The 18th Amendment to the Constitution of Pakistan was greeted in the region until recently referred to as the Federally Administred Tribal Areas, with great enthusaism. It extended the Political Parties Act to the region and raised hopes of being integratred into the national mainstream. The credit for the development belongs to the Pakistan Peoples Party.
This was not the first time a government led by the party had sought to do something for the tribals. Back in the 1970s, then prime minister Zulfikar Ali Bhutto had formed a committee led by Lt-Gen Naseerullah Babar (retired) to create a framework for merging the FATA with the North-West Frontier Province (now Khyber Pakhtunkhwa). It included Abdul Hafeez Pirzada, Rafi Raza and Dr Mubashar Hassan.
When King Zahir Shah was overthrown in Afghanistan and Sardar Daud was elected president, Bhutto realized that the Great Game might affect the tribal belt. He, therefore, increased develop spending in the area, established the Razmak Degree College (now Razmak Cadet College) and in December 1973 created the Bajaur and Orakzai agencies at a grand tribal jirga.
Following in the footsteps of her father, Mohtarma Benazir Bhutto visited the region in 1990s. She inaugurated the first women’s degree college in Parachinar in Kurram Agency. The message was clear; the people of the tribal region were to be given legal and political rights. However, the people of FATA had to wait for another 20 years.
After many a false dawn, the government of Muhammad Nawaz Sharif started work on finally merging the FATA into Khyber Pakhtunkhwa. A committee chaired by Sartaj Aziz laid down the framework for the political mainstreaming of FATA. The reforms committee visited all seven tribal agencies and consulted more than 3,500 maliks and elders, political workers, traders, lawyers, and civil society representatives. The committee also sought advice from the FATA parliamentarians.
Once opposed to each other, the Maliks and the youth of the region have joined hands and are campaigning for fulfilment of the promises that were made by the government before the FATA-KP merger
The constitutional amendemnt in view of the committee’s recommendations was passed with an overwhelming majority in May 2018. However, this did not include an allocation of special funds.
In retrospect, it is clear that the passage of the 18th Amendment was the turning point. It encouraged the tribal people, particularly the youth, to take to the political arena and start campaigning for their fundamental rights.
A conflict of interests became apparent at this stage. Several Maliks who stood to lose political relevance came out with various arguments against the mainstreaming. However, the die was now cast and the youth would have none of it. This included the children of the very Maliks some of whom had studied at colleges and universities in the settled areas and seen how student unions and elections worked.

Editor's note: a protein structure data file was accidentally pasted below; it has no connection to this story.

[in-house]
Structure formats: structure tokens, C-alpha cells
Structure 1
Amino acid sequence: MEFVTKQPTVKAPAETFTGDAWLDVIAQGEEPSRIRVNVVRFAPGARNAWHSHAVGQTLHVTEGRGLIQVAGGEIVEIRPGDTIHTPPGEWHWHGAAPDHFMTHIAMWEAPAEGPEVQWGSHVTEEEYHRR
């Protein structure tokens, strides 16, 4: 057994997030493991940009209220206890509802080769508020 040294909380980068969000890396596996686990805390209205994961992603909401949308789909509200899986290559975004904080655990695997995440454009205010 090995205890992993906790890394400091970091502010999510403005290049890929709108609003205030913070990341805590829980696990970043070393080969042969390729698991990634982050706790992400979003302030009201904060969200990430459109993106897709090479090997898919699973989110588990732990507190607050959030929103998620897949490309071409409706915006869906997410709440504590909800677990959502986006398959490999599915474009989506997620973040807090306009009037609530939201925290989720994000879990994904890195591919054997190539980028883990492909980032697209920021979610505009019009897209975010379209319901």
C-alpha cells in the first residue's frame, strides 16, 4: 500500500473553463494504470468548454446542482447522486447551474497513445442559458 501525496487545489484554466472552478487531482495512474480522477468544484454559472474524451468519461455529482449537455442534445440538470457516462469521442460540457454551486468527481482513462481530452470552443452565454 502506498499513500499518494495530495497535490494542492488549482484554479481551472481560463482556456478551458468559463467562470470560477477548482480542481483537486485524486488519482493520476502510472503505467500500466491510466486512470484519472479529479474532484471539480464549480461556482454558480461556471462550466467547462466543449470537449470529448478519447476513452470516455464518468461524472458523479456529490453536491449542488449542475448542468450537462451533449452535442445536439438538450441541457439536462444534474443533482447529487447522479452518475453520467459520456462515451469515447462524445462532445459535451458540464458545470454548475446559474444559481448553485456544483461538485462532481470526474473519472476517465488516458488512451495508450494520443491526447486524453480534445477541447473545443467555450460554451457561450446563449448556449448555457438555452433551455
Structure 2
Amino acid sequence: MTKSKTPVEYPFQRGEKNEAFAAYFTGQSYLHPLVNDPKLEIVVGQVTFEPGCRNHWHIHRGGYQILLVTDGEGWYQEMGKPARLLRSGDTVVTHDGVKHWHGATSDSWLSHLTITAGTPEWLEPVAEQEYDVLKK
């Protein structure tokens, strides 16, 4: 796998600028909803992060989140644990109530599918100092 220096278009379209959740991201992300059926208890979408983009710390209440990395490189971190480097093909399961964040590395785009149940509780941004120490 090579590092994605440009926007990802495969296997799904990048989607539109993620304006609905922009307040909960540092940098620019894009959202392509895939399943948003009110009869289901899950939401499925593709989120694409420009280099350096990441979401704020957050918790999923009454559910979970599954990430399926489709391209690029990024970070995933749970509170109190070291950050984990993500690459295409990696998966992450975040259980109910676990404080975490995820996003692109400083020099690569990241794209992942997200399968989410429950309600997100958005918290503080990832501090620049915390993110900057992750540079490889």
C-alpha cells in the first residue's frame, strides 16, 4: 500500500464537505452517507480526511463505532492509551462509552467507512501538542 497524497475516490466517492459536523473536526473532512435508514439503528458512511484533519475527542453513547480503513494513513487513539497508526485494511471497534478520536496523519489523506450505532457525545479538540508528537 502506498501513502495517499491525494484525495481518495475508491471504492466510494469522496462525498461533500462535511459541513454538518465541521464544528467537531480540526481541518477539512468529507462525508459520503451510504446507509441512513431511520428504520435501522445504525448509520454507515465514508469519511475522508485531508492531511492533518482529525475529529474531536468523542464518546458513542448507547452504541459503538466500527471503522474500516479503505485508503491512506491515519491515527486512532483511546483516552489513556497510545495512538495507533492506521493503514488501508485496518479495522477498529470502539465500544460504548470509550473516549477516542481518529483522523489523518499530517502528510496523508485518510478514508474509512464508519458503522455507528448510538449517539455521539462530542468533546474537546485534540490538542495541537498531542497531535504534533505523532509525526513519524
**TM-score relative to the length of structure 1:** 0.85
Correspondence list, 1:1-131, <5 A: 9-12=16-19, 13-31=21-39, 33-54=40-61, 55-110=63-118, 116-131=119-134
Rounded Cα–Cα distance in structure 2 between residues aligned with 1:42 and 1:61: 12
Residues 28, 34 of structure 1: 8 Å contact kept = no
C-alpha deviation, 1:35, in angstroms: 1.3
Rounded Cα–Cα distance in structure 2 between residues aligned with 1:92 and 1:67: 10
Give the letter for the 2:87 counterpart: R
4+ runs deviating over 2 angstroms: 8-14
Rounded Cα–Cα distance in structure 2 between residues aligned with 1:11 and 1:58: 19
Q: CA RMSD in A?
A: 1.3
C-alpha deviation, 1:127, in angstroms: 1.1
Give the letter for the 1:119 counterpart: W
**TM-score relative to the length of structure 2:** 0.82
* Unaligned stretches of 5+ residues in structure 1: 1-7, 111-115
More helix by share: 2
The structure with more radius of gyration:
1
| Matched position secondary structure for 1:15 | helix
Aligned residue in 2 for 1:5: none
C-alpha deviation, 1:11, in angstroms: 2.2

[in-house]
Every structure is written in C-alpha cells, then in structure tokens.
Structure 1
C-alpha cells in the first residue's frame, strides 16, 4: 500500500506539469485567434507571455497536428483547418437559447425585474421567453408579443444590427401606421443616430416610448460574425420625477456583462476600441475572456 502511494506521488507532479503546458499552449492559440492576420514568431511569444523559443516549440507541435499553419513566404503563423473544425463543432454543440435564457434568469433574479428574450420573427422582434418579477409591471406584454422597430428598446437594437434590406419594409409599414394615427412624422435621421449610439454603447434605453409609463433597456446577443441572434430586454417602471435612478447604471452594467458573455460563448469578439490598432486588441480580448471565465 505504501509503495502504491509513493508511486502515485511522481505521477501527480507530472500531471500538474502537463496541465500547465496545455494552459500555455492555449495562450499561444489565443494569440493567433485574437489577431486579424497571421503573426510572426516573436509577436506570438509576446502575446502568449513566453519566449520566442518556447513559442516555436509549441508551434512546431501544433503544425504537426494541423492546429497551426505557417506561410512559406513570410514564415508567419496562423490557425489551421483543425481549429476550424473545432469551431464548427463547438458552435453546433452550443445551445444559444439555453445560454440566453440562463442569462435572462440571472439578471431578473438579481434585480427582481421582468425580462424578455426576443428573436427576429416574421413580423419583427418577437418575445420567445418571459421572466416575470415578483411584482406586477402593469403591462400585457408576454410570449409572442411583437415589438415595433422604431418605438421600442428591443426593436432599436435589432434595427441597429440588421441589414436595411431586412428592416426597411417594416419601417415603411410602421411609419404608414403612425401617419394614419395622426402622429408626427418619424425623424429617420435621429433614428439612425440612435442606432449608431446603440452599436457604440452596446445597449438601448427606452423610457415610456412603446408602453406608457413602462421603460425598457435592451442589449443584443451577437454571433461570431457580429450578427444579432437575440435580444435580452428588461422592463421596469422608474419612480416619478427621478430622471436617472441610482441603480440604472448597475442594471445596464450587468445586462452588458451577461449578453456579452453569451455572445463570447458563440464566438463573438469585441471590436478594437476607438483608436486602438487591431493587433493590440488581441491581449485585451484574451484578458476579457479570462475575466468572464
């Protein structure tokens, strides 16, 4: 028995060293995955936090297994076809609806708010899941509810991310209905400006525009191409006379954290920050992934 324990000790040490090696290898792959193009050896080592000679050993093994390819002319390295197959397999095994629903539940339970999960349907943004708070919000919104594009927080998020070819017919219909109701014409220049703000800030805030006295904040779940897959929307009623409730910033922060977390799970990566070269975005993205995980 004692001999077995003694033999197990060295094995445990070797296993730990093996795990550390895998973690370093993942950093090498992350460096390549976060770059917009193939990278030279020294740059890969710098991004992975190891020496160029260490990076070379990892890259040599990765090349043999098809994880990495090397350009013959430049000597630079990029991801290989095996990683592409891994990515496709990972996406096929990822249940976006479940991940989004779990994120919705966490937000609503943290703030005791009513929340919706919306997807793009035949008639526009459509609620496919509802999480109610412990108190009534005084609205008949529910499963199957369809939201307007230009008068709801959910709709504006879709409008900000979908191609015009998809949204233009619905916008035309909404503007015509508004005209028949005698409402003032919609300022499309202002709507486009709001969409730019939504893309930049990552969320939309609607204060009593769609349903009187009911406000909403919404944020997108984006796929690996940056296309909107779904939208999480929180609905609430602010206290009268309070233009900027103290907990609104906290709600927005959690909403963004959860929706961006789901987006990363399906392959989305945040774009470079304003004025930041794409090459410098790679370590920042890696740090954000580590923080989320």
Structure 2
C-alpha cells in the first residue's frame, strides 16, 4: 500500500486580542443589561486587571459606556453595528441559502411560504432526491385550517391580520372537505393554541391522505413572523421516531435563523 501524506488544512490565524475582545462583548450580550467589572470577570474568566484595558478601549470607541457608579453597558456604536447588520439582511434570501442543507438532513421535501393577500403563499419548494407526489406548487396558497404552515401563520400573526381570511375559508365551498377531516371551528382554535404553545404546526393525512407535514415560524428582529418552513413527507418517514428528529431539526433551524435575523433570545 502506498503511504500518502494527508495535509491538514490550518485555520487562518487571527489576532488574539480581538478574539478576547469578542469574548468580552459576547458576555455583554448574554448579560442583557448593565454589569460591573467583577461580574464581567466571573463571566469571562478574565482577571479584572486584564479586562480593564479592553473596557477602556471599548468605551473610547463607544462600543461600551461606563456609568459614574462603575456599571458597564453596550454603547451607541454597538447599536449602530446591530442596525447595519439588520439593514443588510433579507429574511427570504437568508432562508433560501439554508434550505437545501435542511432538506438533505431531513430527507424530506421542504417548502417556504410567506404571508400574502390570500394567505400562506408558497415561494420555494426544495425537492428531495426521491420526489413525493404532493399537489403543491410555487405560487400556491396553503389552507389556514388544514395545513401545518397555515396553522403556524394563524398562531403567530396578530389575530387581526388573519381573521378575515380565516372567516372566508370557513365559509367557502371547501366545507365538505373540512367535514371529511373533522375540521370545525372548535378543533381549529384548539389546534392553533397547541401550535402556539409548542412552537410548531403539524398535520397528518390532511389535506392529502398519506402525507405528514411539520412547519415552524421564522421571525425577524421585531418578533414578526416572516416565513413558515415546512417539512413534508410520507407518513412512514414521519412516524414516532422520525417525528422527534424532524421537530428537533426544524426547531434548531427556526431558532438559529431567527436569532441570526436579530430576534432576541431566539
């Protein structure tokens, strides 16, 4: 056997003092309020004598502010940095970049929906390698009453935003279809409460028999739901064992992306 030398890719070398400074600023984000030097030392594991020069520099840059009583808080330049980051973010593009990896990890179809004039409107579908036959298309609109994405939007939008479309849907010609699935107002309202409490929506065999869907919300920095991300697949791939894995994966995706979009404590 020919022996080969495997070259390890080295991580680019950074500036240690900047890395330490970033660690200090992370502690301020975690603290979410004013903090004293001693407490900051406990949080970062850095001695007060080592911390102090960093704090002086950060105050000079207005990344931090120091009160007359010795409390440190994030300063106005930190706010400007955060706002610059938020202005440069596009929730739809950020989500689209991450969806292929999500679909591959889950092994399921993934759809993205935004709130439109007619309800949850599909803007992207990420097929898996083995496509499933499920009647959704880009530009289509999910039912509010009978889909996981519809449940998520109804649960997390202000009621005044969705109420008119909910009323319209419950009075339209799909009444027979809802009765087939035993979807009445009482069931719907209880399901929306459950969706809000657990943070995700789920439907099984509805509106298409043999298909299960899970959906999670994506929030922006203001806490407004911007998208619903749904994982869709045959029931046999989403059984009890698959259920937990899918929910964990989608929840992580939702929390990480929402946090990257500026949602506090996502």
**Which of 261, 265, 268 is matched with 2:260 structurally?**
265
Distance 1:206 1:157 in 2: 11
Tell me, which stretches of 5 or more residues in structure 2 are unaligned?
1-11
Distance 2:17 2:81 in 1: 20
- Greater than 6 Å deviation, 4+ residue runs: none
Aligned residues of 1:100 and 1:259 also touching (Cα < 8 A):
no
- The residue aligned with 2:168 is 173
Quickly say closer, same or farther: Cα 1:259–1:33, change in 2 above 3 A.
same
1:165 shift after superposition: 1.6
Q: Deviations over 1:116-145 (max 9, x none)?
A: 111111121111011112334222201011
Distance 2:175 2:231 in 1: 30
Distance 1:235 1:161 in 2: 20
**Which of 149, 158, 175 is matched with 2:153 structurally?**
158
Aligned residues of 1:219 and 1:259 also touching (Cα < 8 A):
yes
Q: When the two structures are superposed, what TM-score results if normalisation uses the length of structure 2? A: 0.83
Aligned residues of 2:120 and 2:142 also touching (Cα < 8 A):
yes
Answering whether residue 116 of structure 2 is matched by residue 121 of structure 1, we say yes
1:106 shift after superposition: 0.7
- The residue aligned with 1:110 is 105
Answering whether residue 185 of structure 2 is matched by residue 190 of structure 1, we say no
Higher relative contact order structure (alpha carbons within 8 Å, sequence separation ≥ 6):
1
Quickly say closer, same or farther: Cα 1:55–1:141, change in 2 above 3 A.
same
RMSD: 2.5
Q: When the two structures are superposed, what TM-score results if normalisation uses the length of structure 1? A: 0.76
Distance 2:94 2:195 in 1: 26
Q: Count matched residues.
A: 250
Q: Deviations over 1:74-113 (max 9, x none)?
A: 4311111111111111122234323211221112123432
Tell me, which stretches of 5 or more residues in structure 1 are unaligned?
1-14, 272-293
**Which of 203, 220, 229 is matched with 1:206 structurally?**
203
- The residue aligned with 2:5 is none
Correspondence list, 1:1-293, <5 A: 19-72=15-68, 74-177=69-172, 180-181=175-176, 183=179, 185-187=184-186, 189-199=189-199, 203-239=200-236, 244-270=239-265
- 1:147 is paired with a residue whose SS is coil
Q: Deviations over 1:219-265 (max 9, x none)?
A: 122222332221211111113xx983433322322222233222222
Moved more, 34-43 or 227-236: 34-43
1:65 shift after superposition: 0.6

Several Maliks then got together to propose a separate province. They received support from two political parties the Jamiat Ulema-i-Islam of Maulana Fazlur Rehman and the Pakhtunkhwa Milli Awami Party of Mahmood Khan Achakzai. However, all other political parties and the youth of tribal regions were in favor of merging the districts with Khyber Pakhtunkhwa. They felt that a separate province would not work well on account of geographic and economic limitations. Most of the governance experts, too, were of the opinion that the tribal areas would require the support of a settled provincial government to expeditiously undertake rehabilitation of the people displaced in the opeartion against the extremists, for infrastructure development and for building communication networks and education and healthcare facilities.
Unfortunately, not much has been achieved in this respect although almost a year has gone by since the merger. Government sources say the delay is mostly due to the lack of financial resources. The lukewarm attitude of the government is causing disappointment among the tribal people. The people cannot forget that they were promised rapid development, abundant employemnt opportunities and justice. The lack of a legal framework, too, is causing confusion. The government has yet to set up a judicial system.
On the political front, the 22 seats the tribals were promised in the provincial assembly are down to 16. The 3 per cent share of federal funds in the National Finance Commission award is yet to be decided. The promise of jobs for the youth remains a dream. Prime Minister Imran Khan had directed the Khyber Pakhtunkhwa chief minister, and the provincial ministers, to visit the tribal districts frequently. To make the merger visible, the provincial cabinet has held meetings in Khyber and Mohmand areas.
However, these visits did not bring any development projects to the areas. No wonder then that there were no smiles on people’s faces. While announcements that 3G and 4G internet services might be avaialble soon are welcome, they do not represent a concrete development policy.
The people expect policies that will create livelihood opportunities, provide schools for their children and bring them basic health services. They are also waiting for a legal framework to ensure order and protection.
Once opposed to each other, the Maliks and the youth of the region have joined hands and are campaigning for fulfilment of the promises that were made by the government before the merger. The government needs to listen to the unhappy voices. It needs to prioritise judicial, and civil service reforms in the new districts. It needs to understand the importance of the hope that has been ignited among the tribal people. If the government cannot figure out a way to quickly start delivering the service, the people will see it as yet another broken promise.
The writer is a public polivy consultant